Sydney Albertini and Her Flower Sashes
Sydney Albertini is an amazingly talented quilt maker, ceramist, painter and fiber artist. She is also friend of our store and each time we see her walk in the door we are so excited to see what she has to show us!
Her whimsical quilts like the one above are always incredibly delightful and surprising! The way she puts together seemingly unrelated fabrics and colors to create a stunning whole is such an inspiration.
The most unique and amazing element in Sydney's work is her use of color. Her unexpected color combinations simply glow. These beautiful plates just look so luminous don't they? (FYI- Her ceramic line is available for sale at Barney's New York.)
This radiant and playful sense of color comes through in all of her work, whether it be a large quilt, a set of plates, or a painting.
Sydney herself says this about the subject of color:
"Color is the intricate basis of all my work. It goes hand in hand with the act of creation no matter the medium. When I look around me all I see is very precise infinite color.
I am always surprised by the strength in contrast big and small playing each color in a new way. I am constantly looking at colors in every aspect of life and making notes, conscious notes, of what I am seduced by or what feelings and emotions they bring on, which I would call my never ending color education which I rely on when I am working.
Of course to use colors in an absolute free way is to have no fear. You have to really look at color, at its first impression and underlying subtleties, to make the right choices on how to use them. In my work I like to offset classical colors or combinations, creating surprises and drawing people in by the immediate seductive power of color."
We love this idea of being fearless with color so we asked Sydney to share a textile project with Purl Bee readers. The Flower Sash project she decided on is classic Sydney: unique color combinations put together in a free, fun way to make something so unexpected and beautiful!
These flower sashes are simple and totally addictive to make. They are a great way to get your feet wet at becoming more comfortable with your use of color. The point of these is to pick out your own unique palette. Don't be afraid to be adventurous. You will probably be surprised by how out-there you can get and still end up with something lovely. If you'd like to give it a try just keep on reading!
Thank you to Sydney so much for sharing her inspiring work and this charming project with us!
PS. If you happen to live in the New York / Long Island area Sydney is having an art show of recent work from July 27th to the 29th in East Hampton NY at Asgawagh Hall. More info can be found here.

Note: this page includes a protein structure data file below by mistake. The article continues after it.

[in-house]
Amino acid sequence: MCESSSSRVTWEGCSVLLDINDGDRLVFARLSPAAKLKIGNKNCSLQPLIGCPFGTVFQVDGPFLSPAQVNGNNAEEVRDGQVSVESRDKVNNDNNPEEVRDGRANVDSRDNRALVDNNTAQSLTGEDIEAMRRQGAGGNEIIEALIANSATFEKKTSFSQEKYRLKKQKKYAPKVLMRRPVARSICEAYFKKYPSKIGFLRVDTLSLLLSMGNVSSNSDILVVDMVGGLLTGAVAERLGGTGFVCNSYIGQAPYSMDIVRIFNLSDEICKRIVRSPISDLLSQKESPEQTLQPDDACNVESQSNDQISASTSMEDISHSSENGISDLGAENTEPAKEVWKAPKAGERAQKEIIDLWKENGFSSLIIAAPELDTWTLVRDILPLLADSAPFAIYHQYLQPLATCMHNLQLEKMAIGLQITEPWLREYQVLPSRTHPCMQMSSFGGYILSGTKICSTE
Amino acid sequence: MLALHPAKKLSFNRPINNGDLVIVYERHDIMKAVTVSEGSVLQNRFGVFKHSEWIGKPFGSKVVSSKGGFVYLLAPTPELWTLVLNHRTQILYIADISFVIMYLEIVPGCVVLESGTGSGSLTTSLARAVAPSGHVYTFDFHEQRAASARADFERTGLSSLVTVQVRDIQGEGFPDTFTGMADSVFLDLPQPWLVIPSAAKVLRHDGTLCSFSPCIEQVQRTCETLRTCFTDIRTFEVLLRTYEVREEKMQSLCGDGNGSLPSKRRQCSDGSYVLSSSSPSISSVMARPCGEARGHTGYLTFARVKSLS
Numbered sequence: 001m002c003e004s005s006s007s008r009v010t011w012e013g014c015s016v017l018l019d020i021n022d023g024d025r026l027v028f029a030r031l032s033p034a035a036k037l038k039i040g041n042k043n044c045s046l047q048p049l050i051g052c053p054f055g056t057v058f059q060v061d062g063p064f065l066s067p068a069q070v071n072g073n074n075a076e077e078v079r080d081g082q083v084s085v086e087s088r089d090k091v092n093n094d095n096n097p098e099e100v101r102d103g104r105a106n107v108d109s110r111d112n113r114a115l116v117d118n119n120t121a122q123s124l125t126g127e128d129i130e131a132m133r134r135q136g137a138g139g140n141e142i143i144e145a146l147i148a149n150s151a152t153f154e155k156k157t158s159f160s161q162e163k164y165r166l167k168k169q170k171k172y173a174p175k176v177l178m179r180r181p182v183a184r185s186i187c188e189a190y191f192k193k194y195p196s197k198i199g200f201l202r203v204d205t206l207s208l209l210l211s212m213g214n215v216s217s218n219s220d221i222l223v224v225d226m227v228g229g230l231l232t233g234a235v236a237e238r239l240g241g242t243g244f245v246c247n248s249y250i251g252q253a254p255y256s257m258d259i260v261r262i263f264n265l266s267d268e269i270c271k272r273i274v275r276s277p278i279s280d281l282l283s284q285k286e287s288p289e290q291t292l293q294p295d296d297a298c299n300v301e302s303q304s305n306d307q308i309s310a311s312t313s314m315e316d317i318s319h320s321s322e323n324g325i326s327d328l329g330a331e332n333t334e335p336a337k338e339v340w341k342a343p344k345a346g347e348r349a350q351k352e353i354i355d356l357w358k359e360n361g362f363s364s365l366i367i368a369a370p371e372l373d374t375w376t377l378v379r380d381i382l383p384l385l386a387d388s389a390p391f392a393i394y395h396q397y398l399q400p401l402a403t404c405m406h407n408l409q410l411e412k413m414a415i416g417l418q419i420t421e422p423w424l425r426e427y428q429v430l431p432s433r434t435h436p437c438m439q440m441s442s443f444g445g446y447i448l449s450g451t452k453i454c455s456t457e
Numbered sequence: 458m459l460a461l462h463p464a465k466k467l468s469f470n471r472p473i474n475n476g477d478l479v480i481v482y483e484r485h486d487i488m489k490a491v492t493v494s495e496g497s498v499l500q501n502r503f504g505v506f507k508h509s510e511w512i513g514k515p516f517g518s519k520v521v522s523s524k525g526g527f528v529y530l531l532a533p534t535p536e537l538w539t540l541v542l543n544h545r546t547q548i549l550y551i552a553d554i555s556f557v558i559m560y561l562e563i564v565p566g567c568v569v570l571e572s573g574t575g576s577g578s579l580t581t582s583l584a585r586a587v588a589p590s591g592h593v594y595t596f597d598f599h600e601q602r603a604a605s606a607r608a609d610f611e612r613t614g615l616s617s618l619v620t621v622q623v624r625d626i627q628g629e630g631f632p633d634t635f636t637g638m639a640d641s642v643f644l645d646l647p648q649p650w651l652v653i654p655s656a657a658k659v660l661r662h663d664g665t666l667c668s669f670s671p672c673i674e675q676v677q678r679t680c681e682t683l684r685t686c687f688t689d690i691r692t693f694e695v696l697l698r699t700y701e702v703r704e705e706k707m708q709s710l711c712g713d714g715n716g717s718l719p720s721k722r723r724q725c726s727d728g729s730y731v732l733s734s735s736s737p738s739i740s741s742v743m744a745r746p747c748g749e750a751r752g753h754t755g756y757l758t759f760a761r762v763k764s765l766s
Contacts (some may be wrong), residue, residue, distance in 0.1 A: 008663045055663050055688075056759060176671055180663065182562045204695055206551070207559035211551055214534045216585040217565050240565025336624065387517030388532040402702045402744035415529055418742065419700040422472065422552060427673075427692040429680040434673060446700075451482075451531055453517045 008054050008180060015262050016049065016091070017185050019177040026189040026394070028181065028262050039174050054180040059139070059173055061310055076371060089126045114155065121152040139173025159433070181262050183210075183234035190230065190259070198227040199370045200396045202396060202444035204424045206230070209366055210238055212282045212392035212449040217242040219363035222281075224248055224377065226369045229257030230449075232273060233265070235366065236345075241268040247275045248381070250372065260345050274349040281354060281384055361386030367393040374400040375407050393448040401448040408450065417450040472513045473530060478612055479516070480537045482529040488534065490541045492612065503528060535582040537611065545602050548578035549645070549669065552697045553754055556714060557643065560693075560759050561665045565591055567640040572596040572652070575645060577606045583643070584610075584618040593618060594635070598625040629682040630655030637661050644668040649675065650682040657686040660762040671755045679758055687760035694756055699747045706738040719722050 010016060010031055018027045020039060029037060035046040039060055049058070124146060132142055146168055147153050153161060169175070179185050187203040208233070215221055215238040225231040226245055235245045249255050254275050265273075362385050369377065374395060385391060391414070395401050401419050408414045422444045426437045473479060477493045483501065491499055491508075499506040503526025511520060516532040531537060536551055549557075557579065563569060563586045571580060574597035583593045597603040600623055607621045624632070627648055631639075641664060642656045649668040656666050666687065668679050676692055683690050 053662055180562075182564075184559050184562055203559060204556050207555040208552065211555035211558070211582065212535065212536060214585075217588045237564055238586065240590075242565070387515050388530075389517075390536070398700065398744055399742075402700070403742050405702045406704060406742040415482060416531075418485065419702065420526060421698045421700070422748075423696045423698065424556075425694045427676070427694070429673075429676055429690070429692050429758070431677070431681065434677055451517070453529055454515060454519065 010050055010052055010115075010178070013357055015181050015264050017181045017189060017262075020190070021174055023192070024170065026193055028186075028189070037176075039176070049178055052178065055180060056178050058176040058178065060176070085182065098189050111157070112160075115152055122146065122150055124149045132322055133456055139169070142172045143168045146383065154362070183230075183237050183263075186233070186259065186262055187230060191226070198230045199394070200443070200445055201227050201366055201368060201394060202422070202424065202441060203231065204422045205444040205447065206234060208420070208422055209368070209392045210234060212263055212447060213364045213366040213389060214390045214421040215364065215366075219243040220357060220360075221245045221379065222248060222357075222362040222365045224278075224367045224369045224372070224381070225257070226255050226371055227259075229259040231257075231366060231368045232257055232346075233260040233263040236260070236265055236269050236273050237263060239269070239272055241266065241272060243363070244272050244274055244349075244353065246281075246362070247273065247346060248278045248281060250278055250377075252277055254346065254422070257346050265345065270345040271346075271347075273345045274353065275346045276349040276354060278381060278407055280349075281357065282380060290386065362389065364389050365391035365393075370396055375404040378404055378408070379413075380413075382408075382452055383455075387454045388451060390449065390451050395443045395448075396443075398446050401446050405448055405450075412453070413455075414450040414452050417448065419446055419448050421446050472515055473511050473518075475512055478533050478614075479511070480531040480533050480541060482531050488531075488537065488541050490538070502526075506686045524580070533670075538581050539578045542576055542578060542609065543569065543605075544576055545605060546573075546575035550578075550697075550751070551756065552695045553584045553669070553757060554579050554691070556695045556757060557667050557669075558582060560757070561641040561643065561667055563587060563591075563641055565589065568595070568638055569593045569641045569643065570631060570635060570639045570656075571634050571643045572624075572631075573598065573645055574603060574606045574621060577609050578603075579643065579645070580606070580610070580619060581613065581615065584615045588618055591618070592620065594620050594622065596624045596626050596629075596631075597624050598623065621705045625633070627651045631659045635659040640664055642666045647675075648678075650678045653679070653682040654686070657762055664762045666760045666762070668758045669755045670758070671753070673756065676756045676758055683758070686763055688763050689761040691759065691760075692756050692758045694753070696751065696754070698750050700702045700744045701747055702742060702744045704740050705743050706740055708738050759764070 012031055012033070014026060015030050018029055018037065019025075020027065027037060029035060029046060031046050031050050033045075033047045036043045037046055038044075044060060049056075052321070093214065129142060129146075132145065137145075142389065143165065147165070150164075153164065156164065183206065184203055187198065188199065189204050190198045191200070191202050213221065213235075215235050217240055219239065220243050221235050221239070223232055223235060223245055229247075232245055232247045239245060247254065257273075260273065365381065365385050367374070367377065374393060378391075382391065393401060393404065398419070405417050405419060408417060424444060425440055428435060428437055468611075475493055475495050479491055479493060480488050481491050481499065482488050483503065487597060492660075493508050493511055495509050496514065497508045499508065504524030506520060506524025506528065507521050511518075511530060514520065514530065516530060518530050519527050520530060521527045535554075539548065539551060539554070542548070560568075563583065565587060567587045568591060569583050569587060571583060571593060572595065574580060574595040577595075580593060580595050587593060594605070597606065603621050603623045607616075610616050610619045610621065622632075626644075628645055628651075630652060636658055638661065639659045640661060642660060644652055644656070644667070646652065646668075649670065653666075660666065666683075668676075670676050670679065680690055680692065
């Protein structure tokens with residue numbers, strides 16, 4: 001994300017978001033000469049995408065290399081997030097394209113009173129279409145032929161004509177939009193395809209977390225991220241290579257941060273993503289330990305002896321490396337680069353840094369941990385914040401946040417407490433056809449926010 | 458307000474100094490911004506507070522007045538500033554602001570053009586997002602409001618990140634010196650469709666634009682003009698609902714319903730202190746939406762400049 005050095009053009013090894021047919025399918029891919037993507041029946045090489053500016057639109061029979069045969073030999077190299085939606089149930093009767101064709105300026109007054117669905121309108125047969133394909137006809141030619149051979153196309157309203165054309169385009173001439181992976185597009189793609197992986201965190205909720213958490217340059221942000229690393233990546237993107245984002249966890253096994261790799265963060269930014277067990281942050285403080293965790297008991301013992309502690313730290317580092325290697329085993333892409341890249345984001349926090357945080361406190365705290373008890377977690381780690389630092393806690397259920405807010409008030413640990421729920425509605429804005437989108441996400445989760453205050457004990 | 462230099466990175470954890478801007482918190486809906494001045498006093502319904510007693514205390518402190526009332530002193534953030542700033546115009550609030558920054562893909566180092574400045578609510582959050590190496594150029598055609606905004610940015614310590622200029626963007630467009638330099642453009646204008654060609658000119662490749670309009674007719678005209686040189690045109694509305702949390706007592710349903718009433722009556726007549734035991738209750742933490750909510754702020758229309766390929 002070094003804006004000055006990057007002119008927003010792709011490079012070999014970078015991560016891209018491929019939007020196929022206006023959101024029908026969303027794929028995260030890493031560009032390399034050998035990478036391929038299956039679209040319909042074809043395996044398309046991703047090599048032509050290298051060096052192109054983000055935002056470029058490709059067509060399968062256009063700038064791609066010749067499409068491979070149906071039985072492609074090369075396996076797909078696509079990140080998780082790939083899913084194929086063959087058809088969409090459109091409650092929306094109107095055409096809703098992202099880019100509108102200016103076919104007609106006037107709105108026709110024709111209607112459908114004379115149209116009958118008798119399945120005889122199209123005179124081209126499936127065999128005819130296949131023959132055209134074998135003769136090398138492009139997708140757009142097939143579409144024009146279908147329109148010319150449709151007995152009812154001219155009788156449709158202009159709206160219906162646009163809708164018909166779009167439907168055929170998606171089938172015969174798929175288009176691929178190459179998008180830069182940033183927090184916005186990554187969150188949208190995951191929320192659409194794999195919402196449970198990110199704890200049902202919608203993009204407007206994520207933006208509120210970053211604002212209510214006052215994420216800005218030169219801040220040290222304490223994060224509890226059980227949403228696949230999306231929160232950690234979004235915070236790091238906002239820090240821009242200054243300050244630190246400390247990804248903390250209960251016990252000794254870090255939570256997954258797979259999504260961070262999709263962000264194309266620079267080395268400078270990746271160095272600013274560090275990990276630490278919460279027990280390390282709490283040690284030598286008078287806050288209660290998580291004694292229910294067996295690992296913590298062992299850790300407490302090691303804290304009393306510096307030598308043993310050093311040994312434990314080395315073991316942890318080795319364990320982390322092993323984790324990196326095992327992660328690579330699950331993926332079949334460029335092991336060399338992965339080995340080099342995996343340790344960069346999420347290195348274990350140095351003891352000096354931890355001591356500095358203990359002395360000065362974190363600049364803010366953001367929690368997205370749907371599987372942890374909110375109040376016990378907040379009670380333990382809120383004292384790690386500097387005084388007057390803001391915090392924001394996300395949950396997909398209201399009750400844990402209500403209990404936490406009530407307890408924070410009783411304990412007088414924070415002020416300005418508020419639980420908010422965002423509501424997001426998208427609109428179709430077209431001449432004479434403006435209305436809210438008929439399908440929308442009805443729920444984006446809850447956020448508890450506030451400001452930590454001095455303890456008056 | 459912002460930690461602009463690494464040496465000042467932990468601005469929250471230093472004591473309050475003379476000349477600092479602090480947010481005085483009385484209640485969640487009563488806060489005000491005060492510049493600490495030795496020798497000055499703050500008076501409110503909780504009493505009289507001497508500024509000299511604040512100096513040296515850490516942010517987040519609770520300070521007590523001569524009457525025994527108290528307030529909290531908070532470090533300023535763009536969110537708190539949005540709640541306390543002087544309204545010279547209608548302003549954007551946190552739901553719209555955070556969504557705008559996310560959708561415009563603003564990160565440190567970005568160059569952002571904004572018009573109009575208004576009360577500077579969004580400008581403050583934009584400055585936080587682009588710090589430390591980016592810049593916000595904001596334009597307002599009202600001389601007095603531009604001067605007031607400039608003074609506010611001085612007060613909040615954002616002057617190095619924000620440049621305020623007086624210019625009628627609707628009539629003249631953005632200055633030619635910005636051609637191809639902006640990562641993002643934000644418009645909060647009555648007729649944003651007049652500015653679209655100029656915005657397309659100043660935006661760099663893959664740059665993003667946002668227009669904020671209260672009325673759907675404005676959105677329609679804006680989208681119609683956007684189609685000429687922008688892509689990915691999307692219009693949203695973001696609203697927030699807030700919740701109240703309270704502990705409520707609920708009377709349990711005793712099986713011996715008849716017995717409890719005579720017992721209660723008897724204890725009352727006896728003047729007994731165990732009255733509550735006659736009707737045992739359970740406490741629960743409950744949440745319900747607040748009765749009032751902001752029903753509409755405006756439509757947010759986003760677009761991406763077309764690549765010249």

To make one approximately 40-inch long sash with two flowers:
- Three 1/4-yards of fabric that you like together, we'll call them Fabric A, B, and C in the pattern. Try to be adventurous in your combination!
- Two felt balls made from a package of wool roving (you will have enough roving to make several balls). You can find instructions on how to make felt balls here.
- Bright 100% cotton thread to contrast with your fabric
All cutting is done with the pinking shears.
For the braided sash cut:
- A 2-inch X 44-inch strip from Fabric A
- A 2-inch X 30-inch strip from Fabric B
- A 2-inch X 30-inch strip from Fabric C
For the large flower cut the following from whichever fabric you like:
- A 3-inch X 17 1/2-inch piece for the outer layer of the flower
- A 2-inch X 15-inch piece for the middle layer
- A 1 1/2-inch by 13 1/2-inch piece for the innermost layer
For the smaller flower cut the following from whichever fabric you like:
- A 2-inch X 15-inch piece for the outer layer
- A 1 1/2-inch by 13 1/2-inch piece for the inner layer
Iron the short ends of one of the long strips you cut of the braided sash 1/4-inch to the wrong side.
Then fold the long sides in 3/4-inch wrong sides together so that one side is on top of the other and none of the wrong side of the fabric is showing.
Using the contrasting thread zig zag stitch down the middle of the strip closing it and sewing down the fold in the process. One pinked edge will still be visible on the back side of the strip.
Repeat this for the other two long braid strips.
Lay the longest braid strip right side up and flat. Sew the shorter two braid strips it 10-inches from one of it's ends. Sew the three strips together thoroughly and don't be afraid to show off the contrasting thread!
Loosely braid the three strips together until the two shorter strips end.
Sew the ends of the shorter strips to the longer strip in the same manner.
Making the Flowers
Gather one of the long sides of the outer large flower piece together as shown above.
Keep gathering it along this side until you have a circular flower shape gathered in the middle.
Sew the gathered middle together to keep this shape in place.
Repeat this process with the middle layer piece and then sew that layer to the first.
And do the same with the innermost layer, sewing it the other two layers.
Sew one of the felt balls to the middle of the flower.
Trim each of the layers with the pinking shears until the flower looks like you want it to.
Repeat this process for the second smaller flower, which has only two layers.
Finishing the Sash
Sew the flowers on about 5-inches from the start of the braid (or wherever you like, really!)
Now you can wear it as a necklace, belt, or headband and you can get started on the next one!